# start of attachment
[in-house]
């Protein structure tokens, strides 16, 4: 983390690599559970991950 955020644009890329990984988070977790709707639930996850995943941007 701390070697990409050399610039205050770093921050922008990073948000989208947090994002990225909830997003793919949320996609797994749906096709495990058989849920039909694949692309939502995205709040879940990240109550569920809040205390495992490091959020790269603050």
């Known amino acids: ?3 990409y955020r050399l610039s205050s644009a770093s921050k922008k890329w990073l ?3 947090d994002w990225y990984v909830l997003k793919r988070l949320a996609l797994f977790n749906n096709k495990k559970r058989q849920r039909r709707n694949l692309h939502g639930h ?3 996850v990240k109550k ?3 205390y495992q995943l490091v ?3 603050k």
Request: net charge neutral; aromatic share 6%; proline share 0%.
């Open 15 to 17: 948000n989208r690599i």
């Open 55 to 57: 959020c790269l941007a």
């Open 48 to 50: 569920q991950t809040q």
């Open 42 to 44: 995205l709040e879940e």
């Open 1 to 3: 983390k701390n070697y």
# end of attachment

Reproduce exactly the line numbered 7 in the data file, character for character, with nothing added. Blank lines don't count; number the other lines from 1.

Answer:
């Open 48 to 50: 569920q991950t809040q």